I drink a lot of coffee. And sometimes I like to have a well made coffee. And sometimes I’ll drink any ole’ gas station coffee. But generally speaking, it matters to me if coffee is grown organically. Even more so, it matters to me if coffee is certified as Fair Trade coffee.
And it’s not just me. Fair Trade is an important part of coffee culture in Victoria, and beyond. Of course, there are many people who don’t care about these things. There are even those that think that the price controls of Fair Trade coffee is a ruthless attack on market capitalism.
But the vast majority of people that think about Fair Trade coffee, think it’s cool. On my view, you have to understand the coffee trade in the context of four hundred years of colonization to really see why it’s so important. Coffee grown in South America, for example, is grown as a cash crop by regions that have suffered centuries of invasion, debt incurred by corrupt regimes imposed by colonial interests, civil war caused by the resultant political instability, disease, genocide, religious persecution, and human rights atrocities that still continue to this day. So desperate communities will grow coffee beans at great social and environmental cost and sell them for very little. Four centuries of colonial abuse has taken away the ability of many communities to negotiate a better price.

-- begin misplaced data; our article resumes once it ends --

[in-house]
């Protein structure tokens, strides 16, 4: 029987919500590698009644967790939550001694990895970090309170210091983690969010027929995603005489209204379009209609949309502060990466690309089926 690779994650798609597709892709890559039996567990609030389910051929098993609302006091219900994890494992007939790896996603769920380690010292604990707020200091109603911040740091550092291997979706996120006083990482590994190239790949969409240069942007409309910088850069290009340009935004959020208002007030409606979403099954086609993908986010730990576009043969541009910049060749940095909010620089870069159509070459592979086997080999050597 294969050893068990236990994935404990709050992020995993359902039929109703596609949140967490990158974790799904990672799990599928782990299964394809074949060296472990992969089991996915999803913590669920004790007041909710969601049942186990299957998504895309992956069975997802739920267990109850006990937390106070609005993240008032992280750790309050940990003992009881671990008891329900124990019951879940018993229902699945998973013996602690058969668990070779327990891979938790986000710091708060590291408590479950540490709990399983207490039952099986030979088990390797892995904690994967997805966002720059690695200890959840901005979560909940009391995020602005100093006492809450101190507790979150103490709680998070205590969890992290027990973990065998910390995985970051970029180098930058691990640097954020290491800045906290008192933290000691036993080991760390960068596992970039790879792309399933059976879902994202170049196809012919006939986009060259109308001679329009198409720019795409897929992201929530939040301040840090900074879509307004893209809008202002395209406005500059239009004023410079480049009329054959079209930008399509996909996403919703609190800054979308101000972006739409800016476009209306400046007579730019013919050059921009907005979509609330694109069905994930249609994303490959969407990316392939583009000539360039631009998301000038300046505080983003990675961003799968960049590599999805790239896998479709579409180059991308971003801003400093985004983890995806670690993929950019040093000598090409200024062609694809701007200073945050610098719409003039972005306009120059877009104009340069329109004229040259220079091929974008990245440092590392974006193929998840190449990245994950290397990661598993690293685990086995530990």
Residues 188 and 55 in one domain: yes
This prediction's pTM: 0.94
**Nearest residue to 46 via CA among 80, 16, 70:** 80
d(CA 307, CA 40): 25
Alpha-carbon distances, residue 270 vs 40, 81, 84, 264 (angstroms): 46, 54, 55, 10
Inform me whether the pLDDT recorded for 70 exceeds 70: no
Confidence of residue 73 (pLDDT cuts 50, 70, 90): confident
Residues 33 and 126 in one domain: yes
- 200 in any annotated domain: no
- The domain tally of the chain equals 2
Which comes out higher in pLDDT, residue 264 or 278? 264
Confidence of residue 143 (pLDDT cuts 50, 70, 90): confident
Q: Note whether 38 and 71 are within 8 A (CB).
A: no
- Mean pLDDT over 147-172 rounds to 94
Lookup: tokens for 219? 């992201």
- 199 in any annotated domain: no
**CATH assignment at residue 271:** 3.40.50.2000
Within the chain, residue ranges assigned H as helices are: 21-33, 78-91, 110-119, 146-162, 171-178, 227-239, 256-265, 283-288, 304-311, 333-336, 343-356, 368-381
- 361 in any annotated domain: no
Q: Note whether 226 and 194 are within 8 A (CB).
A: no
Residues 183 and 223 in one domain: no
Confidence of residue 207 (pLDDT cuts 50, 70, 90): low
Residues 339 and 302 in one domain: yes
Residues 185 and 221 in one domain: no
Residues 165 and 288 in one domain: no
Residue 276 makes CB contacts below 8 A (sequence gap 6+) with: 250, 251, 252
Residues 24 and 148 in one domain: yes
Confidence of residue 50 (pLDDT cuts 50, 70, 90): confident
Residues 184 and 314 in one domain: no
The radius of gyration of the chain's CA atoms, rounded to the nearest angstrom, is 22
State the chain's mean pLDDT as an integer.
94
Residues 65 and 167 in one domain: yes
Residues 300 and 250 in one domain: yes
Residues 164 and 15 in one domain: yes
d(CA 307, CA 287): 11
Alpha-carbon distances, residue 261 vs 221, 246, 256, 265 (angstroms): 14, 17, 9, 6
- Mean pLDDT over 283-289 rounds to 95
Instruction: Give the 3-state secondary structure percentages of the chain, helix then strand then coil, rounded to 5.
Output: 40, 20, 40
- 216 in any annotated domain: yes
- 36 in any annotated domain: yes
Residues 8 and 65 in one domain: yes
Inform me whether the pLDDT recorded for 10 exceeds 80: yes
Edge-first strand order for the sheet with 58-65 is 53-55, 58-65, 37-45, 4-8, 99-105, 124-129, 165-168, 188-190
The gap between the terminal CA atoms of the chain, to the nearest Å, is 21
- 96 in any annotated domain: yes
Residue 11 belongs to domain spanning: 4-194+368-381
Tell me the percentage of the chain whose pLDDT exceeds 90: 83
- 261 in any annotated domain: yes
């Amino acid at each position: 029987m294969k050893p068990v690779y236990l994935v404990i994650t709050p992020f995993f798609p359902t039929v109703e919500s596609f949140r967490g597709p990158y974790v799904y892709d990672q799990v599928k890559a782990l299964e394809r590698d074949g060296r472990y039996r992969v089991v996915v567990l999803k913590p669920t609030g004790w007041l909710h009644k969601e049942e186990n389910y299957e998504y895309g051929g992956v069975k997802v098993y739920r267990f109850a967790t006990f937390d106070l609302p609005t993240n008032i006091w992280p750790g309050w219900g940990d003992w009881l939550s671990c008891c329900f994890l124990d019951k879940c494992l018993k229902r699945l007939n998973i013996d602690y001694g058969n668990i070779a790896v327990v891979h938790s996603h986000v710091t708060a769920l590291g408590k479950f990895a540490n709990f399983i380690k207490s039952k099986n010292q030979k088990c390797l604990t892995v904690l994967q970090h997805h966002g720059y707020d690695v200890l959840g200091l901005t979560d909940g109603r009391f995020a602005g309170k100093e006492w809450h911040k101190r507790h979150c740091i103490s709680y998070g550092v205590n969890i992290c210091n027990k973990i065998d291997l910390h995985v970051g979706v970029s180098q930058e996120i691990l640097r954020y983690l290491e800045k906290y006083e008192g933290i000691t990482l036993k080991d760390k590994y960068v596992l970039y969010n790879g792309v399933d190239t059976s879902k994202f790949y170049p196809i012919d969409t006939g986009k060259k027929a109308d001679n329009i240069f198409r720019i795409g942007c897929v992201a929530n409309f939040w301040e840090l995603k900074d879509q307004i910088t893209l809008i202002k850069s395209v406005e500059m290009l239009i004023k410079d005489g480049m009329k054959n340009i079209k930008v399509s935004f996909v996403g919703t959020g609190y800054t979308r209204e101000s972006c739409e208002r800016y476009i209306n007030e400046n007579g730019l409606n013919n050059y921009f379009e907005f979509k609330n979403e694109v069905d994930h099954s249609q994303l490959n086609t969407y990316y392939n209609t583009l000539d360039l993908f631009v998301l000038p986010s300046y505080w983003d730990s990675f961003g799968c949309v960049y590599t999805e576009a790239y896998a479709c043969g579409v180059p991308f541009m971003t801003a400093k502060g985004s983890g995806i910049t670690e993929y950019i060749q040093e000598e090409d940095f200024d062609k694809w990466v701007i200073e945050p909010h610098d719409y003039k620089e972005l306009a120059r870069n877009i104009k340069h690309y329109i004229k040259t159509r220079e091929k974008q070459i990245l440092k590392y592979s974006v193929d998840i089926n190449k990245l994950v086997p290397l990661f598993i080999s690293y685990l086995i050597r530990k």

Years ago, some clever do-gooders thought they might be able to help some coffee growing communities to negotiate a better price for their coffee.1 These do-gooders wanted to get a price for these communities that allowed them to save and build and to do more than live in abject poverty. They reasoned that if some coffee buyers shared the same values they did, that they would pay a little more so that others could live a better life. But how would customers know whether they could trust that the extra money was actually going to the farmers?
The solution was to create an arm’s length third party to assess and approve trade scenarios to certify that communities were actually getting a fair price. Now the term, “fair price,” is an interesting one. Free market purists will scoff at the term, arguing that a price is set by demand and supply and the willingness of individuals to pay. Free market purists will argue that there is no such thing as a “fair price.” But pretty much every other sane human will agree intuitively about the fairness of pricing, and this is all that counted.
So here we are in Victoria, years later, and there are many coffee shops that will serve only certified Fair Trade coffee. The certifications come from Transfair or, I think, a variety of twenty other international certifying bodies. And most coffee drinkers have heard of fair trade coffee. And this idea, “fair trade,” has become a valuable part of the brand of any company doing business in coffee.
And here’s where it gets interesting. It gets interesting because every coffee shop wants to be thought of as community oriented, and socially responsible and a good global citizen.